Peloton Interactive Inc. climbed to near all-time highs after Evercore ISI analysts said that gym goers are unlikely to return to in-person fitness routines once economies begin to open.
Shares of the interactive exercise company have rallied 71 per cent this year and are up 170 per cent from their March lows as nationwide stay-at-home orders forced people to alter their work-out routines. In May, the company reported third-quarter revenue jumped 66 per cent and raised its outlook for full-year sales and connected-fitness subscribers.
Early digital data from states including Texas, Georgia, Florida and Ohio that have begun to reopen gyms suggests people remain reluctant to return, even when they are allowed to, according to analysts led by Lee Horowitz. In states where gyms have opened, total unique desktop visits for popular boutique fitness studios such as Barry’s Bootcamp and SoulCycle are down 20 per cent to 50 per cent from pre-COVID-19 levels, they said.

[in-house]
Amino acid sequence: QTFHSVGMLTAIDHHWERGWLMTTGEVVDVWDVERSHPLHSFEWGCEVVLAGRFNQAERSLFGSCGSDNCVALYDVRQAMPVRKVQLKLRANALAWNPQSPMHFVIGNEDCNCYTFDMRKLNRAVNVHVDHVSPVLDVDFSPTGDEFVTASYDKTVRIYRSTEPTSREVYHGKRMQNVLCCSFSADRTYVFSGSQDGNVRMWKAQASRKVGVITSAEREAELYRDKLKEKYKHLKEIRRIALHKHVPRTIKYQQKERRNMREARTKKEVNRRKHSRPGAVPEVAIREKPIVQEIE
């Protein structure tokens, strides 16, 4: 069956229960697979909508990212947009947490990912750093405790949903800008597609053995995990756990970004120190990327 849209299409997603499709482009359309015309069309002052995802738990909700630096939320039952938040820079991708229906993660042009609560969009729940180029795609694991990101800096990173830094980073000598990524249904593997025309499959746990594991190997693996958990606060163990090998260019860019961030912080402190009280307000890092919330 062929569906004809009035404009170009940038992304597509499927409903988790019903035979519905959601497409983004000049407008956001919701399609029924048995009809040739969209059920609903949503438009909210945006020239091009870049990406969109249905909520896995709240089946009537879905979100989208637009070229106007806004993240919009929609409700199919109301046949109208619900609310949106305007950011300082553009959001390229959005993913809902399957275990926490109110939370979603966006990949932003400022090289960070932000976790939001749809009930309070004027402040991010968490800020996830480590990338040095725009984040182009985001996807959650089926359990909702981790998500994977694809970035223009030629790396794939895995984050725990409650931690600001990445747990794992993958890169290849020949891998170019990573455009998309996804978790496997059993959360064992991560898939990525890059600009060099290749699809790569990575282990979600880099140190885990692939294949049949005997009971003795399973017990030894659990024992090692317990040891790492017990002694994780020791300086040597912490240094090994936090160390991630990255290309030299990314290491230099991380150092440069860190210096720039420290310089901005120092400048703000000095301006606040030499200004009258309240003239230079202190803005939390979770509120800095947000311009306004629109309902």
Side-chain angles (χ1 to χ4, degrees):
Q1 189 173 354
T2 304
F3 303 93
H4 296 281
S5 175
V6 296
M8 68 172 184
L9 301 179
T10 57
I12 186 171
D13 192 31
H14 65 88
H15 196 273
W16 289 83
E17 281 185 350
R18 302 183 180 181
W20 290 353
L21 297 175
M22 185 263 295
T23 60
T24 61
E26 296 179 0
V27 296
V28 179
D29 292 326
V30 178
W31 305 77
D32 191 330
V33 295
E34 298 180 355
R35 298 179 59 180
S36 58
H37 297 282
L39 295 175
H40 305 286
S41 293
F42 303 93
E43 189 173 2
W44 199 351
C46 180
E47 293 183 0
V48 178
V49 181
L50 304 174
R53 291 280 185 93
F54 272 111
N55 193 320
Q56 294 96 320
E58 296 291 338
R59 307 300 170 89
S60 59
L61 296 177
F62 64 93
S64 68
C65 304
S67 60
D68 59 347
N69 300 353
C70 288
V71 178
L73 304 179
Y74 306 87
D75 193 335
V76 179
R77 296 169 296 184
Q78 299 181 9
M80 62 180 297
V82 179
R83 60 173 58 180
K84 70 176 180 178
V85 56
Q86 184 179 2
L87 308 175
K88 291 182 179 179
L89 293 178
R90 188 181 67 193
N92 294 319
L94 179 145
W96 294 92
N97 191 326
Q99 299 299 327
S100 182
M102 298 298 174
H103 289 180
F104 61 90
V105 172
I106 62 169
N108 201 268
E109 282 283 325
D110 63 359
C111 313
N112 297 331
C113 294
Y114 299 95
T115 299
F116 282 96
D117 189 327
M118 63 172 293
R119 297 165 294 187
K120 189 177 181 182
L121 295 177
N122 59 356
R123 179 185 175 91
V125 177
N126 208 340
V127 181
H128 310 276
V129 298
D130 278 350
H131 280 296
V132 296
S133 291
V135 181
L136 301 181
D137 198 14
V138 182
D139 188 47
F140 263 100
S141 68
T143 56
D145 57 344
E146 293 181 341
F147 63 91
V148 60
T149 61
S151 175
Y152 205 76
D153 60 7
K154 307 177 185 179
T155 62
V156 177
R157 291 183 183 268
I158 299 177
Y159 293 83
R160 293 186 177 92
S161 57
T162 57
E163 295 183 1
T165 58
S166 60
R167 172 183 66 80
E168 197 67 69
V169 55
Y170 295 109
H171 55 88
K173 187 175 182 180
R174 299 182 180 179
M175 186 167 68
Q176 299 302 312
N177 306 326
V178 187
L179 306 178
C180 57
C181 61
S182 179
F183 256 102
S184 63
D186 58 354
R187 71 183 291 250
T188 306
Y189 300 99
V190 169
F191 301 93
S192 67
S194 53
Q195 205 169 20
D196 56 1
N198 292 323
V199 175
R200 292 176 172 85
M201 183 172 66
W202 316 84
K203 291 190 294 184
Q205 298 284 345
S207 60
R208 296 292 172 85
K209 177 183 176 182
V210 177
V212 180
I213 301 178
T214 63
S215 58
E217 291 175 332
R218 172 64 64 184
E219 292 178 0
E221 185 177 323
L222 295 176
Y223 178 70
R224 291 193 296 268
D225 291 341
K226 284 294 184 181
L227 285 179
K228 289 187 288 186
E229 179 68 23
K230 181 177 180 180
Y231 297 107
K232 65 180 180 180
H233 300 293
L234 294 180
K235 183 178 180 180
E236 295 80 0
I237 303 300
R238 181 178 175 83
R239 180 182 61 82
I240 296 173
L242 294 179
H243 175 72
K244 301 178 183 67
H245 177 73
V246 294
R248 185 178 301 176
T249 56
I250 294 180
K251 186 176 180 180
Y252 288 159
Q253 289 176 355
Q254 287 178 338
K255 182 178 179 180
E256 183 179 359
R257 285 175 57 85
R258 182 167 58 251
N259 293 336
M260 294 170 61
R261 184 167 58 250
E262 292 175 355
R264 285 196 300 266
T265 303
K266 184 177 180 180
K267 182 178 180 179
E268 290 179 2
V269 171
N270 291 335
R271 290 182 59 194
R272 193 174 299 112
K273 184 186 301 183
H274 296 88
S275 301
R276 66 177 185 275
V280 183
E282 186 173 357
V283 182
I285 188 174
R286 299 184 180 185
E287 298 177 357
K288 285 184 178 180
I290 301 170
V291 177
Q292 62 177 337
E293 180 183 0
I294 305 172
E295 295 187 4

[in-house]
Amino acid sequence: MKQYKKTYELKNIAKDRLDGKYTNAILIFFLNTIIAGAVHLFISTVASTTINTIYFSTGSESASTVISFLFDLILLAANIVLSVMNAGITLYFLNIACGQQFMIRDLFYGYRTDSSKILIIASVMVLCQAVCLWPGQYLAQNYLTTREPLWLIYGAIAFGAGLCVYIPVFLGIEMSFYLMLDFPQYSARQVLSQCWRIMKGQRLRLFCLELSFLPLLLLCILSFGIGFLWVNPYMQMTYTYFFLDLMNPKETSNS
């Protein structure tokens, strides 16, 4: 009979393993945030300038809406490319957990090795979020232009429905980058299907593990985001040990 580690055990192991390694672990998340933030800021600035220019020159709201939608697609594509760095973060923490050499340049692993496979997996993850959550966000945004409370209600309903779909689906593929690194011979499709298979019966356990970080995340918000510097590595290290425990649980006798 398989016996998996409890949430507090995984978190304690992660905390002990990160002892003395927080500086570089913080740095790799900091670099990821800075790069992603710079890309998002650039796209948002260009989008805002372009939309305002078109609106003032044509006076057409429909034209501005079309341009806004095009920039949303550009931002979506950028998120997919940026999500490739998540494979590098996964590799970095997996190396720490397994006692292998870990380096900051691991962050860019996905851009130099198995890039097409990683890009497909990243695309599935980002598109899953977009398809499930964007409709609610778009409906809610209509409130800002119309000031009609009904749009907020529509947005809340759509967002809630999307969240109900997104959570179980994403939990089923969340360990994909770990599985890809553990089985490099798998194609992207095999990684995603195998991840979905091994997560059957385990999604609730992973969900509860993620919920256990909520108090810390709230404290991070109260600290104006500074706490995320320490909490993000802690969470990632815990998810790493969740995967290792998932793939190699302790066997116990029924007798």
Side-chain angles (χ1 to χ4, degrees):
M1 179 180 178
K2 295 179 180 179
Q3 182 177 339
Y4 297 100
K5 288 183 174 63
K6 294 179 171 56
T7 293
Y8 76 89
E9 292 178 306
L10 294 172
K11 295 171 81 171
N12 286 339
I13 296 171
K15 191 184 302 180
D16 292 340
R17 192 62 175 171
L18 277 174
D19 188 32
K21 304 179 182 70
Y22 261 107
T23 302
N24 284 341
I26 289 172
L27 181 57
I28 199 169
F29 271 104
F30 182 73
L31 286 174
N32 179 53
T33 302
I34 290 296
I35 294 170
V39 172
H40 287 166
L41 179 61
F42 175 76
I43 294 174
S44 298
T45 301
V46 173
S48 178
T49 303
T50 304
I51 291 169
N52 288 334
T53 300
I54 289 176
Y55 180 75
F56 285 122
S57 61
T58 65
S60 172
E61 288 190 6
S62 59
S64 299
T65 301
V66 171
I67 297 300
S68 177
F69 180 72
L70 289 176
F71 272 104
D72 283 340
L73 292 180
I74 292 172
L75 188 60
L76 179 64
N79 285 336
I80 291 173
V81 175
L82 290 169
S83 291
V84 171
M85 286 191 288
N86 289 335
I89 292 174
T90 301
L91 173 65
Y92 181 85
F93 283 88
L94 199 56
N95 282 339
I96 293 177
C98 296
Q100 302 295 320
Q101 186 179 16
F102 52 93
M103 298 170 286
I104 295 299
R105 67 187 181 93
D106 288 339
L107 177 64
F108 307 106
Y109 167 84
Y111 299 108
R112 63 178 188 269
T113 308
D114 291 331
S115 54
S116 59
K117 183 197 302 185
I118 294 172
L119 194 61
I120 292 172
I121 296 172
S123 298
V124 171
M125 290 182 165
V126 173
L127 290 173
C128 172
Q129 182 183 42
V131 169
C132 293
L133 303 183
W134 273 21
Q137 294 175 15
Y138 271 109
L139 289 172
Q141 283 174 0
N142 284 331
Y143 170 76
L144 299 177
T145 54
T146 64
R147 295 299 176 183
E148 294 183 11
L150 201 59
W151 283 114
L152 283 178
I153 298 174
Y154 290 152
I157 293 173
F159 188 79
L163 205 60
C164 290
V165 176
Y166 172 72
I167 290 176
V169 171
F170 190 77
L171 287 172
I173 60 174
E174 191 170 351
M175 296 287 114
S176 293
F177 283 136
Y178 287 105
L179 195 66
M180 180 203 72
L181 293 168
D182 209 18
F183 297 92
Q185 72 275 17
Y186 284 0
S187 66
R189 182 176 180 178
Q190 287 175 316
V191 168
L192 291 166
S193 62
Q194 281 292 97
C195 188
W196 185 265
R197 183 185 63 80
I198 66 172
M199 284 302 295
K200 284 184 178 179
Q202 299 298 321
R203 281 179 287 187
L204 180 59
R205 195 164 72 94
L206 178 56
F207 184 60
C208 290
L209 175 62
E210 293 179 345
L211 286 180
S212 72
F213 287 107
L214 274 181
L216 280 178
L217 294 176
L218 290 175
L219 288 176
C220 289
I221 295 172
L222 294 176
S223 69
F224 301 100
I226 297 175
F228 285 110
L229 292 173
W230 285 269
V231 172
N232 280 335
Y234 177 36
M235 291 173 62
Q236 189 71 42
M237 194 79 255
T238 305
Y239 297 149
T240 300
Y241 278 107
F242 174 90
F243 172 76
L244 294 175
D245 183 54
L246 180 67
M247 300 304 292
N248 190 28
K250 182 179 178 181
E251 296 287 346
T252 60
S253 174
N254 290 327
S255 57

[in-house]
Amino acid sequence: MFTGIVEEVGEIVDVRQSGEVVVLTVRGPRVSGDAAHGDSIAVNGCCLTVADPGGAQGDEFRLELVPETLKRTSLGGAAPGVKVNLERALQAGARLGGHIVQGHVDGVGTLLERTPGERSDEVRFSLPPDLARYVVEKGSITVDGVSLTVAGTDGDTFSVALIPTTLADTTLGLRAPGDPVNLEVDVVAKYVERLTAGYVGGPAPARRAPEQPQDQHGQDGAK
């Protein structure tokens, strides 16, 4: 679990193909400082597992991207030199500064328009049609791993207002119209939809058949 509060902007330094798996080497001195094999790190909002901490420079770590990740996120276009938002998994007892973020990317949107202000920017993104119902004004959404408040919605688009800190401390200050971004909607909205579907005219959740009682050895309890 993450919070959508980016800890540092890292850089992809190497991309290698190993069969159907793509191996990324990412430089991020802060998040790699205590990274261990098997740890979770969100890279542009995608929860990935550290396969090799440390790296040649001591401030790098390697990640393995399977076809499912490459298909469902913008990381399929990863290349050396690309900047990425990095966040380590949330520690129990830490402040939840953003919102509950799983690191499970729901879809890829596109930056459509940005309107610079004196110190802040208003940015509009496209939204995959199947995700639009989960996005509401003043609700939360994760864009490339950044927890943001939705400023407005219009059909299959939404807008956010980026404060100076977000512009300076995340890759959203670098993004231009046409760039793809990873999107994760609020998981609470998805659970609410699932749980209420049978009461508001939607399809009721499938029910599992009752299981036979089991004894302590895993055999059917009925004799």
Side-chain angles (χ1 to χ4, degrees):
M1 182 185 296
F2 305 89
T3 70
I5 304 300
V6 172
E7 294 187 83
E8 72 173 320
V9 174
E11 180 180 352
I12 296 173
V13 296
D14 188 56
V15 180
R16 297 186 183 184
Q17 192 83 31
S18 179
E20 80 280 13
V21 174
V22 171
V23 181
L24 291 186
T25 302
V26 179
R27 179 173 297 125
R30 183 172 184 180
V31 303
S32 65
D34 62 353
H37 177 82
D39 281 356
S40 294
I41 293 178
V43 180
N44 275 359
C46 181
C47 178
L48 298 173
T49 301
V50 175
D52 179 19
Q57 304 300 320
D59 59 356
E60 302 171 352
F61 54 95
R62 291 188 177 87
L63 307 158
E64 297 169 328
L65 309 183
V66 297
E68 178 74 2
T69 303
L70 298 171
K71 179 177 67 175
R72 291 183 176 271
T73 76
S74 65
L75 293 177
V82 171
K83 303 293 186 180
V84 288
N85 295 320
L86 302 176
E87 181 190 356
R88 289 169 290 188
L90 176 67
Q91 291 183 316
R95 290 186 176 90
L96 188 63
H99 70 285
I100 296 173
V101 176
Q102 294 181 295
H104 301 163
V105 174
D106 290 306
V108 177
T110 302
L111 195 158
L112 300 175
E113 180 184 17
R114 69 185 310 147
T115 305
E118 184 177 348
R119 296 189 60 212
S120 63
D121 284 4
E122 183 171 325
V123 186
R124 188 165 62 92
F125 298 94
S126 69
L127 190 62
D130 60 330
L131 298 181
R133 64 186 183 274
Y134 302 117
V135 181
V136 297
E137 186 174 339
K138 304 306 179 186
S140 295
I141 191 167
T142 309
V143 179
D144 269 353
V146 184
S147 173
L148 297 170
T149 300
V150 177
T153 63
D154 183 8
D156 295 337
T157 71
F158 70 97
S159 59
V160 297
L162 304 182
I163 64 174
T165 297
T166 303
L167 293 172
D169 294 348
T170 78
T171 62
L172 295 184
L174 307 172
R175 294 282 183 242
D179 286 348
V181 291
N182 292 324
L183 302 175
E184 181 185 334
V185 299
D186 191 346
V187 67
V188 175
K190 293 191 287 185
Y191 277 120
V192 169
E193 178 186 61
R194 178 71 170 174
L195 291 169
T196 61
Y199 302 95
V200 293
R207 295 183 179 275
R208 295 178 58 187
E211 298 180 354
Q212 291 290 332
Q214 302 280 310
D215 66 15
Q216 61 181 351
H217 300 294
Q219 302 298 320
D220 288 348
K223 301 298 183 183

Shares of Peloton rose as much as 7.3 per cent to US$49.20 Tuesday in New York. In mid-May, the stock touched US$49.68, the highest since the company went public in September.
Peloton has been been able to capitalize on its unique position and recently hosted an All-Star Ride with professional athletes such as golfer Rory McIlroy and Minnesota Vikings tight end Kyle Rudolph to engage customers.
Additionally, Peloton CEO John Foley recently said that bringing the price of its bike down is a big focus for the company in the coming years. Affordability presents an opportunity for Peloton to grow its scale, which should accelerate the mix shift of revenue and profit toward subscription, Rosenblatt analyst Bernie McTernan wrote last month.
--With assistance from Joshua Fineman.